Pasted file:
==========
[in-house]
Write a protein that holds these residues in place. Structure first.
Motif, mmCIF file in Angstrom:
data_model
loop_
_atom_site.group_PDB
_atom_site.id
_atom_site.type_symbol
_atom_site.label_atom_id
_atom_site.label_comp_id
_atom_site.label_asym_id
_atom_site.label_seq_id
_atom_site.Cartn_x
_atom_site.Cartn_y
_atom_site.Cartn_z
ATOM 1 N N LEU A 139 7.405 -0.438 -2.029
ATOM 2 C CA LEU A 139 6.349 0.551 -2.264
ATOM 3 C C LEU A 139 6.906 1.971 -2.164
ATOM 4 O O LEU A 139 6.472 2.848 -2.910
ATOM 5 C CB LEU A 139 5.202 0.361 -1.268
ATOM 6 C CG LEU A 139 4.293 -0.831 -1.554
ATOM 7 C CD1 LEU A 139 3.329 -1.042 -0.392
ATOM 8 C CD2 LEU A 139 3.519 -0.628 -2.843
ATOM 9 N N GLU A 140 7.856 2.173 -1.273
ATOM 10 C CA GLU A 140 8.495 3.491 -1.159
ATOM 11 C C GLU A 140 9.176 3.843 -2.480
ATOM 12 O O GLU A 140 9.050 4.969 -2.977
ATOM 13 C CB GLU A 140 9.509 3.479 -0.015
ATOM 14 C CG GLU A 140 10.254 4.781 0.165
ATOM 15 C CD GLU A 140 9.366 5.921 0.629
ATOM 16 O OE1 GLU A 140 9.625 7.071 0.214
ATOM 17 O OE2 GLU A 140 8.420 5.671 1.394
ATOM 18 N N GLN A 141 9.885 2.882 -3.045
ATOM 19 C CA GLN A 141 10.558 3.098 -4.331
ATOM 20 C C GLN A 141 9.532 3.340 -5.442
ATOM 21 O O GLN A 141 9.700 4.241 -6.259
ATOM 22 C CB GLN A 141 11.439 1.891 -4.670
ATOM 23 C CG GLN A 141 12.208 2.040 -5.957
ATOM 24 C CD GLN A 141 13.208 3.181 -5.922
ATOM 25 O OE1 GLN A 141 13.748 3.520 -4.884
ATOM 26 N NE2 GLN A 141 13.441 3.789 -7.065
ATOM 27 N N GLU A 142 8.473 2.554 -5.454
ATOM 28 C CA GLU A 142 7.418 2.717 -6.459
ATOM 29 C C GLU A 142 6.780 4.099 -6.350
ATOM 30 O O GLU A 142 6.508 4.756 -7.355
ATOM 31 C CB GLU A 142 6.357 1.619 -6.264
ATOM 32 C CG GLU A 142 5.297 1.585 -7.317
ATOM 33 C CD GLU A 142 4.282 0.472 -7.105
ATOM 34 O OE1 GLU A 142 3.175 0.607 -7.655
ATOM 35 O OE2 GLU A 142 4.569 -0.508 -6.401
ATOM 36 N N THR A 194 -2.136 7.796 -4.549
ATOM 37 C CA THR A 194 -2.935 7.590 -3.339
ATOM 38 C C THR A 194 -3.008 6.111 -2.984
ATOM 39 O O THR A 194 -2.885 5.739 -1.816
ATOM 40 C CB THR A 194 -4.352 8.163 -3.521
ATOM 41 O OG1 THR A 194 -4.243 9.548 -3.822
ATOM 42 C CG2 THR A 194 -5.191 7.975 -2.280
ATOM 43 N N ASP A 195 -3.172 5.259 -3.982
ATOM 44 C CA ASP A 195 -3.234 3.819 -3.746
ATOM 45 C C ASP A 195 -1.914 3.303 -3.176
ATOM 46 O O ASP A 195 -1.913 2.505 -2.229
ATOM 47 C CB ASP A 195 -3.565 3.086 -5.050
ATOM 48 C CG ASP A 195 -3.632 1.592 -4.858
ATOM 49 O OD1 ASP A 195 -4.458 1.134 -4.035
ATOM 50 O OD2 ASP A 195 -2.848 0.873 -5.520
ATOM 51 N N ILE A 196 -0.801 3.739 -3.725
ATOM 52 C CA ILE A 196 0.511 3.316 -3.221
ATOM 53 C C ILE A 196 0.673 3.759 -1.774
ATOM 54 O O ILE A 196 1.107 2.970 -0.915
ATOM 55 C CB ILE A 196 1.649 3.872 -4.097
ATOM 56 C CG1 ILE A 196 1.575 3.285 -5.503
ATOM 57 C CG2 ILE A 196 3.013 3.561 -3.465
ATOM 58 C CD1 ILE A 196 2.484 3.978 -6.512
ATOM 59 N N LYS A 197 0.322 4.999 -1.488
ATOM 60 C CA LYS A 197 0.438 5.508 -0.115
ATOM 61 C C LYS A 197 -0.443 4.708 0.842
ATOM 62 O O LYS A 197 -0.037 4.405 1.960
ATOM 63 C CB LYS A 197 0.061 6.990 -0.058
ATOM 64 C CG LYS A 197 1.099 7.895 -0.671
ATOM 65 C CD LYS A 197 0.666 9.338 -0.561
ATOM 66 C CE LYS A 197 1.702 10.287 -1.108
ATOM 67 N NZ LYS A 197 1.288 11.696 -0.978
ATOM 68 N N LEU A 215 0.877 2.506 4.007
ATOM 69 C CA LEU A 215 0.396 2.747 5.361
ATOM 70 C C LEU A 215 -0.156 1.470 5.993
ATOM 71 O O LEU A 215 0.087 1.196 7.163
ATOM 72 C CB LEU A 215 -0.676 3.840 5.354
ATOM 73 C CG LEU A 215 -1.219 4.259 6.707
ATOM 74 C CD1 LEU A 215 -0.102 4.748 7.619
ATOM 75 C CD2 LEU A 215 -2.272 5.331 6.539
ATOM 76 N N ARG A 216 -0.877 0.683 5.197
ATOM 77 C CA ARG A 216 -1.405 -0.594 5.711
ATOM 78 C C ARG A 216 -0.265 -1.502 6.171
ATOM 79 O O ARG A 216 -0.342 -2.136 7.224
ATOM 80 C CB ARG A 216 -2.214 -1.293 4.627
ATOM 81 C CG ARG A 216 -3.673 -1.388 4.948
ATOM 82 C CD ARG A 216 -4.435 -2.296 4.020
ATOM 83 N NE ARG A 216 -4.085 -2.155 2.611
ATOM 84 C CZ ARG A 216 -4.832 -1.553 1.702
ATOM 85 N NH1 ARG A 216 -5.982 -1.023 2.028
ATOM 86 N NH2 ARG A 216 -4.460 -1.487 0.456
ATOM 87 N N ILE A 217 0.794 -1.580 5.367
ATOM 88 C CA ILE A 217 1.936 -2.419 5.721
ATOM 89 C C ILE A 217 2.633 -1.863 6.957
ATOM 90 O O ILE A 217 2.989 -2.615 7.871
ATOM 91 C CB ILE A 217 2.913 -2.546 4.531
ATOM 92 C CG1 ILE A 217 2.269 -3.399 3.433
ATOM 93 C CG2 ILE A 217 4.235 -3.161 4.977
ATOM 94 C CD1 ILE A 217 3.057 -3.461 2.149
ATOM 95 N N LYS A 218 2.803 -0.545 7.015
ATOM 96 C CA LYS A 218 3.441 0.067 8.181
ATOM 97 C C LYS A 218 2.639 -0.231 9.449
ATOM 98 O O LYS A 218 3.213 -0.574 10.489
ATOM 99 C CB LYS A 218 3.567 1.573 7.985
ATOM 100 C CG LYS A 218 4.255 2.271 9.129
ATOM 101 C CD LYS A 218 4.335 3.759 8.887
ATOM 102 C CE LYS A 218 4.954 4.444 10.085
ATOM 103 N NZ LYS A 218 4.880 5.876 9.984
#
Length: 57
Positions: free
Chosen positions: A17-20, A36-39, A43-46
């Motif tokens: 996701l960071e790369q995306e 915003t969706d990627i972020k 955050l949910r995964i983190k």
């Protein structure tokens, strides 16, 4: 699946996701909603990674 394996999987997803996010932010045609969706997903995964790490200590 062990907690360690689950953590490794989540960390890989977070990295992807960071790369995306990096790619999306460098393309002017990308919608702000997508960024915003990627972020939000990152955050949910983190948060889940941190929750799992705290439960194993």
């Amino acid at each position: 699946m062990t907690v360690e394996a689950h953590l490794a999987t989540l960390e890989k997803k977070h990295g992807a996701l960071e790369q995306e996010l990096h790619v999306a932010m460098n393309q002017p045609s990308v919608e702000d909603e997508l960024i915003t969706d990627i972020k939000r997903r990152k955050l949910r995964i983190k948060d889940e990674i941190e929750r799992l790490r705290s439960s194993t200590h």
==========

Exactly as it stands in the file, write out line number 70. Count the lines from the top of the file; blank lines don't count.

ATOM 55 C CB ILE A 196 1.649 3.872 -4.097